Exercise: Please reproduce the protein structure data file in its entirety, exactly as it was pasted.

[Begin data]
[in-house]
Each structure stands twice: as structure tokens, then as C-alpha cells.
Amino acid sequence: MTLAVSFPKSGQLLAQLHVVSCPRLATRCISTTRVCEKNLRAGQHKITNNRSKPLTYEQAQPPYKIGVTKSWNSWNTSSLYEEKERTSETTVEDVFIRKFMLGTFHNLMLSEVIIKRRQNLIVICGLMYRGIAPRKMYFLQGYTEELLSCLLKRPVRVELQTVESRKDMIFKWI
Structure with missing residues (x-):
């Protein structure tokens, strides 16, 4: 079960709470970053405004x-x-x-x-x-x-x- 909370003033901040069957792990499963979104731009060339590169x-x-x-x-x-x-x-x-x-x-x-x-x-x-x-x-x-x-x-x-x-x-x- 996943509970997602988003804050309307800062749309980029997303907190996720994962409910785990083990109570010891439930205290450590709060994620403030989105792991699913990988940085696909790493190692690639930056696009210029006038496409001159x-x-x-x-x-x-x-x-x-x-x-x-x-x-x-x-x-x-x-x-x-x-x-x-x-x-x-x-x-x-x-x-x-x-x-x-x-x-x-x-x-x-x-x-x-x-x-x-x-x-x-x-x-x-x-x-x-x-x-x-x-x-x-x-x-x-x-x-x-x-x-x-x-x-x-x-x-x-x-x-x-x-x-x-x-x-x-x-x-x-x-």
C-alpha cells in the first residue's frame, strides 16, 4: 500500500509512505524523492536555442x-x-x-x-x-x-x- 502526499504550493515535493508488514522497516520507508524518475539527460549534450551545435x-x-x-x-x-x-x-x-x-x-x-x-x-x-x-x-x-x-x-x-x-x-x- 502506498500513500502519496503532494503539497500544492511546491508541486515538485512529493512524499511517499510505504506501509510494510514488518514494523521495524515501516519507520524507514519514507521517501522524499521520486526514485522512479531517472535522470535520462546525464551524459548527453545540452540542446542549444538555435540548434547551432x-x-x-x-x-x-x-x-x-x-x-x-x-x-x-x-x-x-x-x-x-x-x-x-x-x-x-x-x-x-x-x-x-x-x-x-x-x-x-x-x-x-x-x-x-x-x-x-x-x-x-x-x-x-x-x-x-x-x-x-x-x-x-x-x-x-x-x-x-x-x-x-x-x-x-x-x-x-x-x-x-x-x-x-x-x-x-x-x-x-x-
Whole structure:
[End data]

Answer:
[in-house]
Each structure stands twice: as structure tokens, then as C-alpha cells.
Amino acid sequence: MTLAVSFPKSGQLLAQLHVVSCPRLATRCISTTRVCEKNLRAGQHKITNNRSKPLTYEQAQPPYKIGVTKSWNSWNTSSLYEEKERTSETTVEDVFIRKFMLGTFHNLMLSEVIIKRRQNLIVICGLMYRGIAPRKMYFLQGYTEELLSCLLKRPVRVELQTVESRKDMIFKWI
Structure with missing residues (x-):
């Protein structure tokens, strides 16, 4: 079960709470970053405004x-x-x-x-x-x-x- 909370003033901040069957792990499963979104731009060339590169x-x-x-x-x-x-x-x-x-x-x-x-x-x-x-x-x-x-x-x-x-x-x- 996943509970997602988003804050309307800062749309980029997303907190996720994962409910785990083990109570010891439930205290450590709060994620403030989105792991699913990988940085696909790493190692690639930056696009210029006038496409001159x-x-x-x-x-x-x-x-x-x-x-x-x-x-x-x-x-x-x-x-x-x-x-x-x-x-x-x-x-x-x-x-x-x-x-x-x-x-x-x-x-x-x-x-x-x-x-x-x-x-x-x-x-x-x-x-x-x-x-x-x-x-x-x-x-x-x-x-x-x-x-x-x-x-x-x-x-x-x-x-x-x-x-x-x-x-x-x-x-x-x-």
C-alpha cells in the first residue's frame, strides 16, 4: 500500500509512505524523492536555442x-x-x-x-x-x-x- 502526499504550493515535493508488514522497516520507508524518475539527460549534450551545435x-x-x-x-x-x-x-x-x-x-x-x-x-x-x-x-x-x-x-x-x-x-x- 502506498500513500502519496503532494503539497500544492511546491508541486515538485512529493512524499511517499510505504506501509510494510514488518514494523521495524515501516519507520524507514519514507521517501522524499521520486526514485522512479531517472535522470535520462546525464551524459548527453545540452540542446542549444538555435540548434547551432x-x-x-x-x-x-x-x-x-x-x-x-x-x-x-x-x-x-x-x-x-x-x-x-x-x-x-x-x-x-x-x-x-x-x-x-x-x-x-x-x-x-x-x-x-x-x-x-x-x-x-x-x-x-x-x-x-x-x-x-x-x-x-x-x-x-x-x-x-x-x-x-x-x-x-x-x-x-x-x-x-x-x-x-x-x-x-x-x-x-x-
Whole structure: